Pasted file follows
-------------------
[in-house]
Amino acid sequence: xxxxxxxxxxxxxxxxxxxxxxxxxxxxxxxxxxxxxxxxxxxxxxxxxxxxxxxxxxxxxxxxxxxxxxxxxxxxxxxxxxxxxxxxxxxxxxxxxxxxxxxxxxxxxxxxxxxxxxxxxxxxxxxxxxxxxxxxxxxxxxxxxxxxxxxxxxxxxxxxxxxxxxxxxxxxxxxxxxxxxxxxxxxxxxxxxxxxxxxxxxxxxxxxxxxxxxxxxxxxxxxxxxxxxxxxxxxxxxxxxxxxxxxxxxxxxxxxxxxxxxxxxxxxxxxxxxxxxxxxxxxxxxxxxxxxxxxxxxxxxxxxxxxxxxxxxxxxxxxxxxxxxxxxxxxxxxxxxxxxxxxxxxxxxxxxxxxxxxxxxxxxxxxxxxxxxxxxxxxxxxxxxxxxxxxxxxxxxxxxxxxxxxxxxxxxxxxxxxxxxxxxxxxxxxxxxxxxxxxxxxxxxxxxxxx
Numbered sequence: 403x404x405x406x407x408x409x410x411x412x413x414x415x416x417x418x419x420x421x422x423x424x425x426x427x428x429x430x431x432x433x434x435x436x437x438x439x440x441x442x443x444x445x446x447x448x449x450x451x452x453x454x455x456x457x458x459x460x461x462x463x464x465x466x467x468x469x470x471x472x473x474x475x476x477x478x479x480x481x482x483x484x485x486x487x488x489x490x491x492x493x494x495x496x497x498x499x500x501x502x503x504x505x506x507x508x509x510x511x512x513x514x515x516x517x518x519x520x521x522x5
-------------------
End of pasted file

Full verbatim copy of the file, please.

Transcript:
[in-house]
Amino acid sequence: xxxxxxxxxxxxxxxxxxxxxxxxxxxxxxxxxxxxxxxxxxxxxxxxxxxxxxxxxxxxxxxxxxxxxxxxxxxxxxxxxxxxxxxxxxxxxxxxxxxxxxxxxxxxxxxxxxxxxxxxxxxxxxxxxxxxxxxxxxxxxxxxxxxxxxxxxxxxxxxxxxxxxxxxxxxxxxxxxxxxxxxxxxxxxxxxxxxxxxxxxxxxxxxxxxxxxxxxxxxxxxxxxxxxxxxxxxxxxxxxxxxxxxxxxxxxxxxxxxxxxxxxxxxxxxxxxxxxxxxxxxxxxxxxxxxxxxxxxxxxxxxxxxxxxxxxxxxxxxxxxxxxxxxxxxxxxxxxxxxxxxxxxxxxxxxxxxxxxxxxxxxxxxxxxxxxxxxxxxxxxxxxxxxxxxxxxxxxxxxxxxxxxxxxxxxxxxxxxxxxxxxxxxxxxxxxxxxxxxxxxxxxxxxxxxx
Numbered sequence: 403x404x405x406x407x408x409x410x411x412x413x414x415x416x417x418x419x420x421x422x423x424x425x426x427x428x429x430x431x432x433x434x435x436x437x438x439x440x441x442x443x444x445x446x447x448x449x450x451x452x453x454x455x456x457x458x459x460x461x462x463x464x465x466x467x468x469x470x471x472x473x474x475x476x477x478x479x480x481x482x483x484x485x486x487x488x489x490x491x492x493x494x495x496x497x498x499x500x501x502x503x504x505x506x507x508x509x510x511x512x513x514x515x516x517x518x519x520x521x522x5